SWOT can also be used in planning that’s not strategic. For example, it can help you create marketing plans, staffing plans, business plans and almost any other plan you need.
However, to maximize your success, you must follow the process with discipline and without bias.
As an example, if the leaders believe a strength of the organization is customer service, but they don’t measure customer service, then how do they know it’s a strength? Unfortunately, their bias trumps the formal measurement process; therefore, their plan may become flawed.
In another example, the leaders believe one of their greatest opportunities is to develop and introduce Product XYZ to customers, but they have no market data to support the idea. Why would the plan be implemented if it lacks the research behind it?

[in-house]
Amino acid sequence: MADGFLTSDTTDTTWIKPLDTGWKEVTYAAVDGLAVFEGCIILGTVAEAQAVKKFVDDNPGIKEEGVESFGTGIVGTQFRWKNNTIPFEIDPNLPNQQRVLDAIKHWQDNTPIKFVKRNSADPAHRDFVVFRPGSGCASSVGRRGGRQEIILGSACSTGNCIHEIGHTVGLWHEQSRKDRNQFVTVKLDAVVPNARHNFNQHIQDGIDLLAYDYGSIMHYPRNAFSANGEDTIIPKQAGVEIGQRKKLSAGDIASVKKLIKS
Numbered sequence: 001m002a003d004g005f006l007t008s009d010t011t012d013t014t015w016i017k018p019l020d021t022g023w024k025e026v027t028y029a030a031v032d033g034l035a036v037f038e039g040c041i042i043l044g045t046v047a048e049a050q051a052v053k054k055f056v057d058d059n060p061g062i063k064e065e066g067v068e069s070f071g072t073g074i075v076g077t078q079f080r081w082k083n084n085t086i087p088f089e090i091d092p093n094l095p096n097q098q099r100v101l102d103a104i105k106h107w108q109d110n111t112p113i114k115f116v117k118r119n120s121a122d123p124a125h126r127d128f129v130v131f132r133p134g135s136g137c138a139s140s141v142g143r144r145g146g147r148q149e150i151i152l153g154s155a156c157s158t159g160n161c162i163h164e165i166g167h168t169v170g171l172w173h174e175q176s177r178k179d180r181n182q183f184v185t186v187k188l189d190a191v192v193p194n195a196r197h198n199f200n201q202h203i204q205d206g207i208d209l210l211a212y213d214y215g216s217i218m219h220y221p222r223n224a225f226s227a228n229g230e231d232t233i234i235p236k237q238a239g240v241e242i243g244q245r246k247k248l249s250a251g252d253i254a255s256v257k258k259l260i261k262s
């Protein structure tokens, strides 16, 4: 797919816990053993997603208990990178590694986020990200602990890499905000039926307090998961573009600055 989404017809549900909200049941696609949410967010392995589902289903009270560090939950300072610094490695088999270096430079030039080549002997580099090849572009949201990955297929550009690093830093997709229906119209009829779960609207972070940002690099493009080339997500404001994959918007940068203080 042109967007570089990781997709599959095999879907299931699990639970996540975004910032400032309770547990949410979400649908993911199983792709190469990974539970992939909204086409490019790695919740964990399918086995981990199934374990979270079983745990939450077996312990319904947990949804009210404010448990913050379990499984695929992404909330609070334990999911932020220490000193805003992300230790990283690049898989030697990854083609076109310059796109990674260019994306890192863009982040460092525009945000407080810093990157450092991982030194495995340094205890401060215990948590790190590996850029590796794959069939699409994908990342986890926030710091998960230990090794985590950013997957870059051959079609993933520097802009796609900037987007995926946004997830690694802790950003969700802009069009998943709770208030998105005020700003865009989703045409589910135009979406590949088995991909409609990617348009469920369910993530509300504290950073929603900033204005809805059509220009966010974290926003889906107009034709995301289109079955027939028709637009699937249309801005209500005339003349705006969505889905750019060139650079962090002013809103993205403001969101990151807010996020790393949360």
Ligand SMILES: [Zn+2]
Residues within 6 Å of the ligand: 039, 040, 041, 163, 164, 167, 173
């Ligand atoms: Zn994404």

It’s easy to list a strength, a weakness, an opportunity, or a weakness. However, it takes unbiased effort and discipline to substantiate the listed items. It also takes open discussion and healthy debate to take the correct actions. That’s why many organizations bring in an outside perspective to facilitate the discussion. Sometimes the internal bias (such as “best customer service in the industry”) isn’t even recognized until an outsider constructively brings it to your attention.
A SWOT analysis requires more than gathering a list of action items and working them. You must adopt a structured approach to prioritizing these items that have the greatest impact on the business, then build action plans to achieve them. To get you started, you can download a set of complimentary SWOT worksheets here. Contact me if you think you’d like to receive additional tools or templates.
Yes, the SWOT process can help you create a winning strategy, but you must be unbiased, disciplined, and strategic in your approach. SWOT works for serious leaders.